Lincecum's two-year decline has likely cost him more money than most good baseball players will make in their career.
Barring a complete turnaround in the second half of the season, the value of Tim Lincecum's first free-agent contract will be nowhere near what it would've been after the 2011 season (2.74 ERA, 217 IP, 176 H, 3.6 BB/9, 9.1 K/9 in 33 starts). His 2011 walk and strikeout rates weren't quite as good as the previous three seasons, which included two Cy Young Awards, but his overall numbers were solid, and he was still considered one of the best starting pitchers in the game.
Over his past 45 starts since the start of the 2012 season, though, the rest of Lincecum's peripheral stats have become less impressive across the board. The most alarming number, however, might be his 38 percent quality start (at least 6 IP, 3 ER or less) rate after posting a 73 percent rate in his first 155 big league starts.
The 28-year-old is as inconsistent and unpredictable as any starter in the league, which doesn't bode well for his chances of a team committing multiple years and big money. Recent talk of Lincecum moving to the bullpen is overblown because of the Giants' current lack of options and the likelihood that whichever team signs him this winter will want to at least see if he can be a dominant starter again.
Given his age and resume, Lincecum could still get a decent contract even if he continues with his roller coaster trend of good and bad starts. But a one-year deal would be less risky for a team and would allow Lincecum a chance to rebuild his value if he bounces back. My guess is that he loses out on what could've been an estimated eight-year, $200 million contract and settles on a one-year, $14 million deal for 2014.
After Adam Wainwright agreed to a contract extension with the Cardinals, I had Floyd on my preseason list of five who could be the most coveted starting pitcher on the free-agent market. My expected contract comparison, if he had his typical season, was Edwin Jackson's four-year, $52 million deal he signed with the Cubs.
The 30-year-old made just five starts, however, before his season ended with an elbow injury that required surgery to repair his ulnar collateral ligament (Tommy John surgery) and his flexor tendon muscle. He is expected to miss 14-19 months, which could keep him out of action until the 2015 season.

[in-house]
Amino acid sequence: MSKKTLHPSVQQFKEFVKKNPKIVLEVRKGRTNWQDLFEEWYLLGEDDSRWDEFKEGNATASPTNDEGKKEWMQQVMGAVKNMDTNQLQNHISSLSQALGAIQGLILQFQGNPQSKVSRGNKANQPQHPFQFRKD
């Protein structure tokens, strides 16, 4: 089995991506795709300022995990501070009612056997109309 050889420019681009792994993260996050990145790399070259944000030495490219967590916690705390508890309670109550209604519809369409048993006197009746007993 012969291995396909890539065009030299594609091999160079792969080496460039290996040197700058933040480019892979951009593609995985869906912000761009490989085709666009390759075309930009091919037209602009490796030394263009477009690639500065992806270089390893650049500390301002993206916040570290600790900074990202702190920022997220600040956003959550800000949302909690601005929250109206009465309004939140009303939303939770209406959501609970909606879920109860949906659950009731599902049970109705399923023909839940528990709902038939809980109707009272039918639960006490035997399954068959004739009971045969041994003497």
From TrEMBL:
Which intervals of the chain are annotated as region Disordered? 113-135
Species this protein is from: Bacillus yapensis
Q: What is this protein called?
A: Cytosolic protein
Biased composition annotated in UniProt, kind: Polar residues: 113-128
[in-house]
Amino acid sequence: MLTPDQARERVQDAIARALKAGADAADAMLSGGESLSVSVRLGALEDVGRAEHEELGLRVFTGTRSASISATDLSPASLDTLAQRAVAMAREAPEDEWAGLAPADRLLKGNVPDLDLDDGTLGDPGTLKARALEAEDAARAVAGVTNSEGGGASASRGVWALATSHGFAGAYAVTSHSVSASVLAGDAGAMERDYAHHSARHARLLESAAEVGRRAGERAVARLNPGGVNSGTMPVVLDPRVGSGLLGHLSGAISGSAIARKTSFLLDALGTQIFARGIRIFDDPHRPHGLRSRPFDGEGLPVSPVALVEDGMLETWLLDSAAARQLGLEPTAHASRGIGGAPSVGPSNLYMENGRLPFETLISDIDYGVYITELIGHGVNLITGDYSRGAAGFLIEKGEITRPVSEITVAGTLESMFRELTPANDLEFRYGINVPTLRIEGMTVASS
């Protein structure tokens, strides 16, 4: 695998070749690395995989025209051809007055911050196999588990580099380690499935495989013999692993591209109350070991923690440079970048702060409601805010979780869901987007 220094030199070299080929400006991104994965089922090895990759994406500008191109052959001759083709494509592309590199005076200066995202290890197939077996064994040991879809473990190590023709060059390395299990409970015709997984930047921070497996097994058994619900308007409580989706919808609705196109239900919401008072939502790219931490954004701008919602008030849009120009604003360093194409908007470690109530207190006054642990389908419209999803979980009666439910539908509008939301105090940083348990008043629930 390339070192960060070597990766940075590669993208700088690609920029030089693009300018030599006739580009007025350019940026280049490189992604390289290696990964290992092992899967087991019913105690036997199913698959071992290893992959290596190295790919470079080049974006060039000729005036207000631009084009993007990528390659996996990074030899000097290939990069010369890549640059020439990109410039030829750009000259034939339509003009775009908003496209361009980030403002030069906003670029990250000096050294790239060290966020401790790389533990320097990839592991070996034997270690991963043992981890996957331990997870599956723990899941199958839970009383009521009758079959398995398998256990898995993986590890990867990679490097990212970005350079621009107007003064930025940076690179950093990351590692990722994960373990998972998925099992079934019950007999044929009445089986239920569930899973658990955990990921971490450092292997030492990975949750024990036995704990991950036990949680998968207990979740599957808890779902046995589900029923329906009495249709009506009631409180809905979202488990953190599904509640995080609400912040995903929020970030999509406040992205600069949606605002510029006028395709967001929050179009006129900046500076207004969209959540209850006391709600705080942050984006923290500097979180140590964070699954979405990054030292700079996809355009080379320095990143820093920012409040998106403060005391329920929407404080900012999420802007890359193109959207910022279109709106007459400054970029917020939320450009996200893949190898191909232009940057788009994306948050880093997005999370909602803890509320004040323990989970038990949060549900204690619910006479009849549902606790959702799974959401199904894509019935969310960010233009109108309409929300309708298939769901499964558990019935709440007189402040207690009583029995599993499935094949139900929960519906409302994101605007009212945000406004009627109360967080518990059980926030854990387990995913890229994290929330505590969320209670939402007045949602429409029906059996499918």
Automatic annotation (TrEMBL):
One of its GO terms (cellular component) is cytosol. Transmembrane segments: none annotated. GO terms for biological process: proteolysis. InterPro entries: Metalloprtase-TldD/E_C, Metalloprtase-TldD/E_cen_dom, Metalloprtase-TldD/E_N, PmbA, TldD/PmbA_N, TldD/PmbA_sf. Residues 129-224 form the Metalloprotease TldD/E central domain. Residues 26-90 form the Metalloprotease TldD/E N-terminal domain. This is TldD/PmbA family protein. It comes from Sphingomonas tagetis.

He'll have to settle for a one-year, incentive-laden deal with a team willing to monitor his rehab in hopes that he can make a quick enough recovery to contribute at some point in the second half.
Francoeur's several mediocre seasons made him seem like an unlikely candidate to have scored a multi-year, big-money contract this offseason. But he's only two seasons removed from hitting .285 with 20 homers, 47 doubles, 87 runs batted in and 22 stolen bases. Repeating a season like that would've meant a huge contract for a 30-year-old with a good reputation in the clubhouse.
Some players are at their best in their "walk year" and could cash in after career seasons. Francoeur does not appear to be one of those guys. He's no longer playing regularly after struggling terribly over the first two months of the season (.565 OPS in 49 games), and the Royals could be looking for a permanent replacement in the coming weeks as they try to stick around in the playoff race.
While Morneau hasn't been completely useless at the plate (.295 BA, .735 OPS, 34 RBI in 53 games), the former AL MVP has just two home runs. That's not going to pique the interest of teams looking for first base help this offseason.
At 32 years of age, Morneau has already battled several injuries throughout his career and has been on the decline since posting a 1.051 OPS in 81 games during the 2010 season. His season was ended by a concussion, which lingered into the following season.
Although he had a few big months in 2012 (.959 OPS in May, .848 OPS in July, .850 OPS in August), he's yet to get going this season and he'll have to put up those kinds of numbers for the entire second half in order to cash in on anything more than a one-year, $5 million deal for 2014.
Getting traded to the Padres as Volquez was two years before reaching free agency is any pitcher's dream, right? Even with the fences moved in, Petco Park is one of the most pitcher-friendly ballparks in the league.
And while Volquez took full advantage in 2012 (2.95 ERA in 17 starts), his ERA was nearly twice as high on the road (5.60 ERA), and now Petco Park can't even help him in 2013 (5.73 ERA in six starts). The 29-year-old has the ability to pitch like a dominant top-of-the-rotation starter for a few innings only to turn into the complete opposite version who is incapable of throwing strikes or getting out major league hitters.
Only 29, the former 17-game winner had a chance to capitalize on what appeared to be a very good situation in San Diego. Instead, some team will be taking him on as a project with no more than a two-year, $12 million deal.
Getting traded to Oakland, where a crowded outfield meant he wasn't guaranteed regular playing time, wasn't the ideal situation for Young in 2013. He's not necessarily playing for a huge contract, though.
The 29-year-old just needs to play well enough for the A's, or some other team who might trade for him, to pick up his $11 million club option for 2014 when he could be in line for regular playing time and a chance to earn a big-money deal.
At least thus far, it's not happening. Young struggled in April (.668 OPS) before a quad strain landed him on the disabled list for the first 17 days of May. Since returning, he's hitting just .196 (11-for-56) with one homer, no stolen bases, three walks and 14 strikeouts.
If he can't rebound, he'll be headed for free agency coming off of his worst season as a pro. He could end up being a one-year bargain for some team in need of a starting center fielder. But Young will have to accept something in the $6-8 million range as he tries to regain his value.